Asked & Answered: Megan Bonanni on exotic dancers' lawsuit under FLSA

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 By Steve Thorpe

Legal News
 
Last fall, a collective action lawsuit was filed in Federal Court in Detroit by three current and former exotic dancers against several Detroit adult night clubs owned by Alan Markovitz for intentionally misclassifying exotic dancers and other night club employees as independent contractors instead of employees under the Fair Labor Standards Act (FLSA) and Michigan Minimum Wage Law, refusing to pay statutory minimum wages, unlawfully demanding a portion of gratuities and unlawfully deducting employee wages through rents, fines and penalties. Attorney Megan Bonanni, a partner at Pitt McGehee Palmer Rivers & Golden, P.C., is lead counsel for the plaintiffs. She has extensive experience in employment law including class action litigation, collective actions under the FLSA, disability and accommodations, sex harassment, age discrimination, national origin discrimination, whistleblowers, pregnancy discrimination, wrongful and retaliatory termination, employment contracts and severance agreement negotiations. 
 
Thorpe: At the heart of the suit is whether the exotic dancers and other club employees  in the lawsuit will be determined by the court to be employees or independent contractors. What happens if they are found to be employees?
Bonanni: Under the FLSA the club is required to pay its employees at least the minimum wage for each hour worked, and time and one-half the minimum wage for overtime hours (i.e. hours worked over forty in a workweek). Such a wage payment requirement would be in addition to any and all tips club employees receive from customers. 
Thorpe: In his autobiography, nightclub owner Alan Markovitz talks about his epiphany as to a different way to hire and compensate dancers by not paying them any wages and having them pay the club to work. What changed?
Bonanni: Throughout the country exotic dancers have successfully challenged this industry wide misclassification of their positions and courts have held that such a classification is erroneous and that the dancers are actually “employees,” as defined by the Fair Labor Standards Act (FLSA). What changed is the filing of this lawsuit challenging these  illegal pay practices. The lawsuit  alleges that the Clubs intentionally use the misclassification of independent contractor as a mechanism to increase their profit margins at the expense of employee rights. While lawsuits similar to this have been filed and settled across the country, clubs change their pay practices only after being directly challenged in a lawsuit—typically one brought by a dancer who is no longer employed by the club. 
Thorpe: A federal judge ruled in a similar case in New York recently. Tell us about that.
Bonanni: In Hart v. Rick’s Cabaret, Judge Paul A. Engelmayer of the Southern District of New York ruled that exotic dancers were employees covered by federal and state wage laws and not independent contractors. Much like this case, Rick’s Cabaret did not pay the dancers any wages, took a portion of the dancers’ performance fees, and imposed fines if the dancers violated any club rules. The adult nightclub claimed unsuccessfully that the dancers were not covered by the minimum wage laws because they were independent contractors. The court determined the exotic dancers were employees, not independent contractors, because of the amount of control the club exercised over nearly every aspect the dancers work life. For example, the club required the exotic dancers to work a certain number of eight hour shifts per week, wear certain footwear, set minimum dance tips, and required dancers to check in and check out at beginning and end of shift and even imposed fines for violating club rules such as chewing gum or being late for a shift.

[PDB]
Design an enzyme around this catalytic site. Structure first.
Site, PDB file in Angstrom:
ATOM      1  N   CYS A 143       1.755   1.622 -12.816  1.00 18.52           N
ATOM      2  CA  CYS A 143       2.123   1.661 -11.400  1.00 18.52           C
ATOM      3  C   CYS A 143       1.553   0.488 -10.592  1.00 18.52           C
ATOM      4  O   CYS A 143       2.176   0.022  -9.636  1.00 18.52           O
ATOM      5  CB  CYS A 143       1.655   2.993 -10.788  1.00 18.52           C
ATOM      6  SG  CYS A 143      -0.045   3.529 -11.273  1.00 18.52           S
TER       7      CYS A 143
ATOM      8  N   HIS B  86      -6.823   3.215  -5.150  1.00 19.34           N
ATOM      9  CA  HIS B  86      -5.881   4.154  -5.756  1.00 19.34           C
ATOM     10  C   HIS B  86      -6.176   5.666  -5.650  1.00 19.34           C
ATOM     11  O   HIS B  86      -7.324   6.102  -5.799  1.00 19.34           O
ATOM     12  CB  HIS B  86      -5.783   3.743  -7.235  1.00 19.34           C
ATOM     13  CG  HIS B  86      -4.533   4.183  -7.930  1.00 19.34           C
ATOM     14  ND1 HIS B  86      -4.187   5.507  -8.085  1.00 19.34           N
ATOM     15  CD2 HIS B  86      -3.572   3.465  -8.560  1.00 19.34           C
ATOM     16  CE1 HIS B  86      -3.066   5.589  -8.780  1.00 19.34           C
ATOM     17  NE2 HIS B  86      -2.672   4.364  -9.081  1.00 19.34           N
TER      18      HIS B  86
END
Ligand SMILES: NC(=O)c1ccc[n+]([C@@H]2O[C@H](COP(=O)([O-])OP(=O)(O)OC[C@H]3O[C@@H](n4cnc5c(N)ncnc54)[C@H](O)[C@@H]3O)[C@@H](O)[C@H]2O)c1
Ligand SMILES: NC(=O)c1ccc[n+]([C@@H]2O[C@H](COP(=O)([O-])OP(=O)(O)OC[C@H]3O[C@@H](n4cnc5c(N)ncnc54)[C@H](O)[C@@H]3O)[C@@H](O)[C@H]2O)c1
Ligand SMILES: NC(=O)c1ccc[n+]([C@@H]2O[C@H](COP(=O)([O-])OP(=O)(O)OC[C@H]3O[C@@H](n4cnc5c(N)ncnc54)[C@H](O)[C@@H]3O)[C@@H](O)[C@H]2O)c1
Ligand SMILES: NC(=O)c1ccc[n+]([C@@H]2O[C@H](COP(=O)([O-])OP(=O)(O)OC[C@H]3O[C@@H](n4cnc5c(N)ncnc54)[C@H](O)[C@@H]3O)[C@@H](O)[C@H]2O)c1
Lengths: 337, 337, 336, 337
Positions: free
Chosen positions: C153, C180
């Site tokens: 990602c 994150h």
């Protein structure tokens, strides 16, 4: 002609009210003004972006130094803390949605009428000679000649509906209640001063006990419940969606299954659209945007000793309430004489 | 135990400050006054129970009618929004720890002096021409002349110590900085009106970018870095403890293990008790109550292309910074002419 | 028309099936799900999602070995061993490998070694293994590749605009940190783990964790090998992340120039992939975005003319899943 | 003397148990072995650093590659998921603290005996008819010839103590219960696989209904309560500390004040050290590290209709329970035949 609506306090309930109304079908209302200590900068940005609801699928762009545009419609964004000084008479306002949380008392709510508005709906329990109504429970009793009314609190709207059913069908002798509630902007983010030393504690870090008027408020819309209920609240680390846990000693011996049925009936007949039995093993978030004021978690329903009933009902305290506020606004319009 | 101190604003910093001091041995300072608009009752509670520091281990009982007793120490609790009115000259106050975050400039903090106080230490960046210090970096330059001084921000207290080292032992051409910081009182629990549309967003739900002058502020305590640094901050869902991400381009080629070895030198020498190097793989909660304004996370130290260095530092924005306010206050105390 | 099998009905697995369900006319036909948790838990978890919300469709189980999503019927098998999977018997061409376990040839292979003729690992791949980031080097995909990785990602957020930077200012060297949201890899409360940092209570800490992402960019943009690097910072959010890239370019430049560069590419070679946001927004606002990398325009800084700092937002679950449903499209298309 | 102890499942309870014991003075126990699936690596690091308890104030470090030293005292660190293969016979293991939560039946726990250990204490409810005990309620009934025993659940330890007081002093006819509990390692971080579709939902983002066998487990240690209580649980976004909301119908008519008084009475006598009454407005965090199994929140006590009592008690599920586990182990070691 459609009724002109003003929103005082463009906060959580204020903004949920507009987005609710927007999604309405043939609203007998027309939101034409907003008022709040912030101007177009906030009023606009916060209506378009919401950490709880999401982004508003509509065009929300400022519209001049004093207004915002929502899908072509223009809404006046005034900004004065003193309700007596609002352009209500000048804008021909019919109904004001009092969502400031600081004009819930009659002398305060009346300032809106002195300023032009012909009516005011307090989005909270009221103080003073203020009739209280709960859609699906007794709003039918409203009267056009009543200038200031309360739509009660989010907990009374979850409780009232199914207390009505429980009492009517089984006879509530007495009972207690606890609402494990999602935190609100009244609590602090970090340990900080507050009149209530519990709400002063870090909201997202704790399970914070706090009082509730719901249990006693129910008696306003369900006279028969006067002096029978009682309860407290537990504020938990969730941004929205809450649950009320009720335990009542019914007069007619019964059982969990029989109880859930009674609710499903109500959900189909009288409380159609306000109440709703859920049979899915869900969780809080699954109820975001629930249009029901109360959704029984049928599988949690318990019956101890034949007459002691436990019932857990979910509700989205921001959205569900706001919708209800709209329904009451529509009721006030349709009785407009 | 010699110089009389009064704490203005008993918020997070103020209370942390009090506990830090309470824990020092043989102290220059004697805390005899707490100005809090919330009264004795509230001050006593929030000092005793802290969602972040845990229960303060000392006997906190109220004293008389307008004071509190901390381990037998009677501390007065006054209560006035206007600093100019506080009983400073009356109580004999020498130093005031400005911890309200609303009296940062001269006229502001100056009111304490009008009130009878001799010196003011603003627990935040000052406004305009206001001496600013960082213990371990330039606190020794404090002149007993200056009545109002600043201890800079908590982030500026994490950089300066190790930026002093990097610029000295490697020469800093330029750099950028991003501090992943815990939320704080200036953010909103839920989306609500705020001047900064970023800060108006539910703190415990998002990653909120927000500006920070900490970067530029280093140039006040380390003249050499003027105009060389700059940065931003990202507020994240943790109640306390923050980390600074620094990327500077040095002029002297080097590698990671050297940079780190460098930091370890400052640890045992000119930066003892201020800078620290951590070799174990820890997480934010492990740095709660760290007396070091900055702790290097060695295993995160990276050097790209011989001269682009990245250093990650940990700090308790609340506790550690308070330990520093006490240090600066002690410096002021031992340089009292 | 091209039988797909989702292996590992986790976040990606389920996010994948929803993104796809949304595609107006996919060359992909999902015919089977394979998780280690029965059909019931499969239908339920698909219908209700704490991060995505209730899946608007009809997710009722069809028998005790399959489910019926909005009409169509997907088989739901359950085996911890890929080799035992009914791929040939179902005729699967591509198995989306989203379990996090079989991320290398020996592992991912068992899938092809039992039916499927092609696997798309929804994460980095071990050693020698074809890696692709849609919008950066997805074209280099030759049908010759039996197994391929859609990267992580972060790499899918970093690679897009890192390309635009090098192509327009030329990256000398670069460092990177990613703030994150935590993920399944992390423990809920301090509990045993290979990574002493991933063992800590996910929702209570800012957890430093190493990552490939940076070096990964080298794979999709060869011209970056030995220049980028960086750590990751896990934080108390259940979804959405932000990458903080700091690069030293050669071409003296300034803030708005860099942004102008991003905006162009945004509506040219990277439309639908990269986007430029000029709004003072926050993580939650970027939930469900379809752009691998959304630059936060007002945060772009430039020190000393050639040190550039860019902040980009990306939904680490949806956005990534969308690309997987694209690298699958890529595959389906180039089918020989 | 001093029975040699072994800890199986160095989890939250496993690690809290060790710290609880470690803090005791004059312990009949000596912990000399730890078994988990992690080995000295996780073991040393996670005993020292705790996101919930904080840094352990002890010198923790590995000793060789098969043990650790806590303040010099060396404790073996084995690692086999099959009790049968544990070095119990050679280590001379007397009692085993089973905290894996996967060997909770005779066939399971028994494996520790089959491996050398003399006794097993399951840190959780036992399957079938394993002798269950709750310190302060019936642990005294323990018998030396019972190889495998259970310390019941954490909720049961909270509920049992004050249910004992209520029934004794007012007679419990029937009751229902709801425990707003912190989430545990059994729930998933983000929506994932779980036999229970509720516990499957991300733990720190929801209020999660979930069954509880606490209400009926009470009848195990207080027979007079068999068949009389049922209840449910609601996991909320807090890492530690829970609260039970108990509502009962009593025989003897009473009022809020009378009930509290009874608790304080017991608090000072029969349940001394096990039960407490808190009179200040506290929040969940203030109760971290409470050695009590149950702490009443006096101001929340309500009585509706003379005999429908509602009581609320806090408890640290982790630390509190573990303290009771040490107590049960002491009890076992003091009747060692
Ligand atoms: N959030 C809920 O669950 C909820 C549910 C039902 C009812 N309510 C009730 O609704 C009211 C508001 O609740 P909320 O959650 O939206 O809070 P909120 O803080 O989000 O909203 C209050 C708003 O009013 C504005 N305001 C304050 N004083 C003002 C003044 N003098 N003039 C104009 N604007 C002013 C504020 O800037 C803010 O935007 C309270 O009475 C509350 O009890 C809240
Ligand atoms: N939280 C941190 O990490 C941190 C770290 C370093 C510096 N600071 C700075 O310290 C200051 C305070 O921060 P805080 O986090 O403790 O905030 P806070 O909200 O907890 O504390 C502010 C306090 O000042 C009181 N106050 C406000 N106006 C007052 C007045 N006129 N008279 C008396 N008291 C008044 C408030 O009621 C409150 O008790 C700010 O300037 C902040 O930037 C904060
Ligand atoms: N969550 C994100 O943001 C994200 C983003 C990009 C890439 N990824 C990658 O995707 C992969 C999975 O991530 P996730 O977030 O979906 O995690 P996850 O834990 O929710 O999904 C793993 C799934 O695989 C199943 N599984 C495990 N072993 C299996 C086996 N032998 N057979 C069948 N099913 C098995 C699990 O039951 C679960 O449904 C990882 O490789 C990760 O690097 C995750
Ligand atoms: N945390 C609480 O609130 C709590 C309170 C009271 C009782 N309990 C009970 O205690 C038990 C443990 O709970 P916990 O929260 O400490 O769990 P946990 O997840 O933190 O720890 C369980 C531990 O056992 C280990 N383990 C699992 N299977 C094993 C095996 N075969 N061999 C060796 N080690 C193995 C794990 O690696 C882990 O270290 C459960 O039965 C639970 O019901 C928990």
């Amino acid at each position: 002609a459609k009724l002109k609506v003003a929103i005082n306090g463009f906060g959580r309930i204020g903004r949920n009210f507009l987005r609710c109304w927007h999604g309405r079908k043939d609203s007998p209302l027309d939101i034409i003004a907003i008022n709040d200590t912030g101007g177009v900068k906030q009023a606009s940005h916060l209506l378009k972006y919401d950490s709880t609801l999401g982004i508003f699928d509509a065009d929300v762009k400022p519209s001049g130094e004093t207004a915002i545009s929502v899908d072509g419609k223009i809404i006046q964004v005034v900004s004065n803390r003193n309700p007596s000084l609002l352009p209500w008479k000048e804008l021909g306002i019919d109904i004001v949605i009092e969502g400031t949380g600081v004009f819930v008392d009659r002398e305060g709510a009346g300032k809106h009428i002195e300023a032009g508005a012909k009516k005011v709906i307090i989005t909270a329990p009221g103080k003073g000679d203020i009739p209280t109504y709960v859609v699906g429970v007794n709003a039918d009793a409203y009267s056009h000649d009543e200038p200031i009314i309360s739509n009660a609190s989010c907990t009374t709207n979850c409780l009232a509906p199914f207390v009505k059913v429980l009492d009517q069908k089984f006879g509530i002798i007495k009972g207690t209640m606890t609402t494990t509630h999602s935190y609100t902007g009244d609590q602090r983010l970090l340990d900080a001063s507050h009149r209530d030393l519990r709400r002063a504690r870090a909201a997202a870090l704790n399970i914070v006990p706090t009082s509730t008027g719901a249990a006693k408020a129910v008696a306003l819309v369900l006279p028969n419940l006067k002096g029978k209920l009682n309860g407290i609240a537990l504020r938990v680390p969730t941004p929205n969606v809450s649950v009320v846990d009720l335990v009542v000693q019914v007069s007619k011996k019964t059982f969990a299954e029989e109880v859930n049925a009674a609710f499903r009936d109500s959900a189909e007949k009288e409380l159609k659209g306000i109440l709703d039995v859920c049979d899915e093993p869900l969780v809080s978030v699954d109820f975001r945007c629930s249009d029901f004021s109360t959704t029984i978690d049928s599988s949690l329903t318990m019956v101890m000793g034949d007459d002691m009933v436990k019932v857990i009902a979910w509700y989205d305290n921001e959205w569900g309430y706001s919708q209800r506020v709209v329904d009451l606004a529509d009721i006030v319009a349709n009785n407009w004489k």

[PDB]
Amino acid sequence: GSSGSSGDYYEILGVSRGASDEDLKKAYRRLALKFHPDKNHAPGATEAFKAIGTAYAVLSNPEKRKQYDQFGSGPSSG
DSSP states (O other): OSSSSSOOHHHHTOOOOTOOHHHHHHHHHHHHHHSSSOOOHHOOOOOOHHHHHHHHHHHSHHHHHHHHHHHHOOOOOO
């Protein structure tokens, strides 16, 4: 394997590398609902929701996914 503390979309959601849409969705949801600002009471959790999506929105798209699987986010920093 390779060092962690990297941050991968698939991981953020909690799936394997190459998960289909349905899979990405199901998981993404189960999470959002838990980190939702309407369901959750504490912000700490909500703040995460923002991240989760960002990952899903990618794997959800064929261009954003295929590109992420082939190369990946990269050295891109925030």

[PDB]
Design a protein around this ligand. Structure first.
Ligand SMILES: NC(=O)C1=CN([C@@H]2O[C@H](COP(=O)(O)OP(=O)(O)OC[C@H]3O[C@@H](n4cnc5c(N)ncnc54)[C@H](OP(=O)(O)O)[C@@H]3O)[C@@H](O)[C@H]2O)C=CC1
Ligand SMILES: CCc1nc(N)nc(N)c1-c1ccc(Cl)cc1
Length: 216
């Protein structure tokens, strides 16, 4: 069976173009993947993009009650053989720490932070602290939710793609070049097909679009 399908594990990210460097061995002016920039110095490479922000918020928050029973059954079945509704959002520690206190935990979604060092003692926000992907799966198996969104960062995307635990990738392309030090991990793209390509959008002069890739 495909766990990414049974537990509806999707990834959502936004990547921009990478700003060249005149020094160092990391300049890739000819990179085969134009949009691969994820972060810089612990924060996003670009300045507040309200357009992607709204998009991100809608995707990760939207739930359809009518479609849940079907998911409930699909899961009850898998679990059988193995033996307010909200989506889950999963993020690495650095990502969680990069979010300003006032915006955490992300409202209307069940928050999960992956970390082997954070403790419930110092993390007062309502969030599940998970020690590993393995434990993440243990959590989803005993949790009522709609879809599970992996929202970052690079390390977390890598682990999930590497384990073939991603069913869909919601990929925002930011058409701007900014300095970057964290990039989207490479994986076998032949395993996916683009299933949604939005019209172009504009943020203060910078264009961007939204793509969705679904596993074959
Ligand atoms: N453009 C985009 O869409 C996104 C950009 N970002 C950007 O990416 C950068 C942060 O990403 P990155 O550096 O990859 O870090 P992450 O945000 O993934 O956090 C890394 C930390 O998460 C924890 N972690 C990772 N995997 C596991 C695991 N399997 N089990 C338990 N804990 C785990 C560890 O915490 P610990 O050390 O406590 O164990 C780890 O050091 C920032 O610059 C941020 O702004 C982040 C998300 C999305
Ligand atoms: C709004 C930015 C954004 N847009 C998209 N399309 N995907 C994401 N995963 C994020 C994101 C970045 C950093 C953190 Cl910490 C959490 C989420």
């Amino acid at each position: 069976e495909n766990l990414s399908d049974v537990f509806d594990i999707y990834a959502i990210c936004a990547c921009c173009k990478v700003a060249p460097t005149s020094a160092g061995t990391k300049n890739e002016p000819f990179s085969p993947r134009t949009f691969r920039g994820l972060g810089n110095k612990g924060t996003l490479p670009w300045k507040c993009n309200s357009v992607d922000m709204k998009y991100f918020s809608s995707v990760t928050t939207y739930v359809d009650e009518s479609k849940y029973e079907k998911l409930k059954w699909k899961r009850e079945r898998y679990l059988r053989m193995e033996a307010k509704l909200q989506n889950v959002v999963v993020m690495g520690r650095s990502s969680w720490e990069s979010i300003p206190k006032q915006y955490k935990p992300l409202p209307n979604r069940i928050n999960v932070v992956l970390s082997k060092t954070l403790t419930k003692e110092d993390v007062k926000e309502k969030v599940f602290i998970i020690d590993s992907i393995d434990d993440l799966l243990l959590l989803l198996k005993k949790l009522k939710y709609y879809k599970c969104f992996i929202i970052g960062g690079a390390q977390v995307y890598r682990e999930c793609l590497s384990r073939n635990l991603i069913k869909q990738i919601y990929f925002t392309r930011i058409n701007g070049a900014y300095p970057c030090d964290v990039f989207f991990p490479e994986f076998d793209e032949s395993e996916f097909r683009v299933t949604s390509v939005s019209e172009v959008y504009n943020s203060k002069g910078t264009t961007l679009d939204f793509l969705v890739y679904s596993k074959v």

Thorpe: In addition to charging the dancers, you refer in your complaint to “unlawful tip splitting.” What is that?
Bonanni: Under the FLSA gratuities are defined as pay over and above the cost of goods or services rendered. Gratuities are personal to the individual receiving the tip and generally should not be taken from the individual or split among other employees. In this case, Plaintiffs allege that the clubs  disregarded wage and hour laws by engaging tip splitting which  required dancers and other club employees to split and share gratuities given to them by customers with the club and other employees, including bouncers, housemothers and disc Jockeys – employees that don’t normally receive tips.
Thorpe: Could a performance fee or tips a dancer receives be used to offset the club’s minimum wage obligations under the FLSA?
Bonanni: This very argument was rejected by the court in the  Hart case.  The employer argued that performance fees paid to the dancers by customers should be used to meet the employer’s wage requirements because the employer did not make the performance fees part of its gross receipts, and distribute from its gross receipts some of those performance fees back to the exotic dancers. The court held that the performance fees were actually tips in which the club was not allowed share, and were not service fees. 
Thorpe: What’s the current status of the case and what’s the next step?
Bonanni: Plaintiffs’ Rule 216(b) Motion for Conditional Class Certification is currently pending and awaiting the Court’s ruling. Should the Court grant Conditional Class Certification, notice will be issued to all former and current exotic dancers (and other misclassified employees) at the Defendant night clubs advising them of the law suit and providing them the opportunity to “opt-in” to the action.
 

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